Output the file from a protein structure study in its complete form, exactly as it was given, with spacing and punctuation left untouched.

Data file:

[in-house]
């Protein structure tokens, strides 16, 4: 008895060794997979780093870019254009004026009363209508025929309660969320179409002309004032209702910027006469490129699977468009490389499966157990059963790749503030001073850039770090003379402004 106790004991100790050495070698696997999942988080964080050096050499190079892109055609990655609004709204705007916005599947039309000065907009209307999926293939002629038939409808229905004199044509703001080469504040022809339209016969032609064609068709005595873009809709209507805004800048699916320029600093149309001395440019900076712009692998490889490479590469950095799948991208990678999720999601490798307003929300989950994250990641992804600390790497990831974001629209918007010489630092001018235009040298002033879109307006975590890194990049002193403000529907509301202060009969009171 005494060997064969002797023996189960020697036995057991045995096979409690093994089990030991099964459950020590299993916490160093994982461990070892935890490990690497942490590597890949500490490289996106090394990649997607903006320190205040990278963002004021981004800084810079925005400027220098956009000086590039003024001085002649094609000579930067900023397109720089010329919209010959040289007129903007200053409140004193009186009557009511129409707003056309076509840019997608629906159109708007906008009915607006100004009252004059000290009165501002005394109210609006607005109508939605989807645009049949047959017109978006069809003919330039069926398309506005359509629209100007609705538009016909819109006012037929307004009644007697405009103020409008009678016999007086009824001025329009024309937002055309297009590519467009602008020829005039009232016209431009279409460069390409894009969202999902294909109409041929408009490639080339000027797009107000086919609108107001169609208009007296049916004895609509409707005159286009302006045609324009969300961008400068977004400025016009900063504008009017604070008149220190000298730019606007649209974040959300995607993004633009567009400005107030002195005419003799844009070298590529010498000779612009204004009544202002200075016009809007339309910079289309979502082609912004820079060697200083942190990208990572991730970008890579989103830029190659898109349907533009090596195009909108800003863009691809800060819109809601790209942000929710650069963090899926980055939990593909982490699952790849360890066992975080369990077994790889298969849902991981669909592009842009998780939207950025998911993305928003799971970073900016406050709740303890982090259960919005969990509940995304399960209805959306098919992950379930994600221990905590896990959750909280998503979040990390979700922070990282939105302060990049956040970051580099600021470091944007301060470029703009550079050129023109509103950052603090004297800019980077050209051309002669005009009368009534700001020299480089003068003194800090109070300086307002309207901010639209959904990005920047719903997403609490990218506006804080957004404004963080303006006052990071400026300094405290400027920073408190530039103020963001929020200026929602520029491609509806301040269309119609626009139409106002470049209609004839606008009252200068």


[in-house]
């Protein structure tokens, strides 16, 4: 008895060794997979780093870019254009004026009363209508025929309660969320179409002309004032209702910027006469490129699977468009490389499966157990059963790749503030001073850039770090003379402004 106790004991100790050495070698696997999942988080964080050096050499190079892109055609990655609004709204705007916005599947039309000065907009209307999926293939002629038939409808229905004199044509703001080469504040022809339209016969032609064609068709005595873009809709209507805004800048699916320029600093149309001395440019900076712009692998490889490479590469950095799948991208990678999720999601490798307003929300989950994250990641992804600390790497990831974001629209918007010489630092001018235009040298002033879109307006975590890194990049002193403000529907509301202060009969009171 005494060997064969002797023996189960020697036995057991045995096979409690093994089990030991099964459950020590299993916490160093994982461990070892935890490990690497942490590597890949500490490289996106090394990649997607903006320190205040990278963002004021981004800084810079925005400027220098956009000086590039003024001085002649094609000579930067900023397109720089010329919209010959040289007129903007200053409140004193009186009557009511129409707003056309076509840019997608629906159109708007906008009915607006100004009252004059000290009165501002005394109210609006607005109508939605989807645009049949047959017109978006069809003919330039069926398309506005359509629209100007609705538009016909819109006012037929307004009644007697405009103020409008009678016999007086009824001025329009024309937002055309297009590519467009602008020829005039009232016209431009279409460069390409894009969202999902294909109409041929408009490639080339000027797009107000086919609108107001169609208009007296049916004895609509409707005159286009302006045609324009969300961008400068977004400025016009900063504008009017604070008149220190000298730019606007649209974040959300995607993004633009567009400005107030002195005419003799844009070298590529010498000779612009204004009544202002200075016009809007339309910079289309979502082609912004820079060697200083942190990208990572991730970008890579989103830029190659898109349907533009090596195009909108800003863009691809800060819109809601790209942000929710650069963090899926980055939990593909982490699952790849360890066992975080369990077994790889298969849902991981669909592009842009998780939207950025998911993305928003799971970073900016406050709740303890982090259960919005969990509940995304399960209805959306098919992950379930994600221990905590896990959750909280998503979040990390979700922070990282939105302060990049956040970051580099600021470091944007301060470029703009550079050129023109509103950052603090004297800019980077050209051309002669005009009368009534700001020299480089003068003194800090109070300086307002309207901010639209959904990005920047719903997403609490990218506006804080957004404004963080303006006052990071400026300094405290400027920073408190530039103020963001929020200026929602520029491609509806301040269309119609626009139409106002470049209609004839606008009252200068």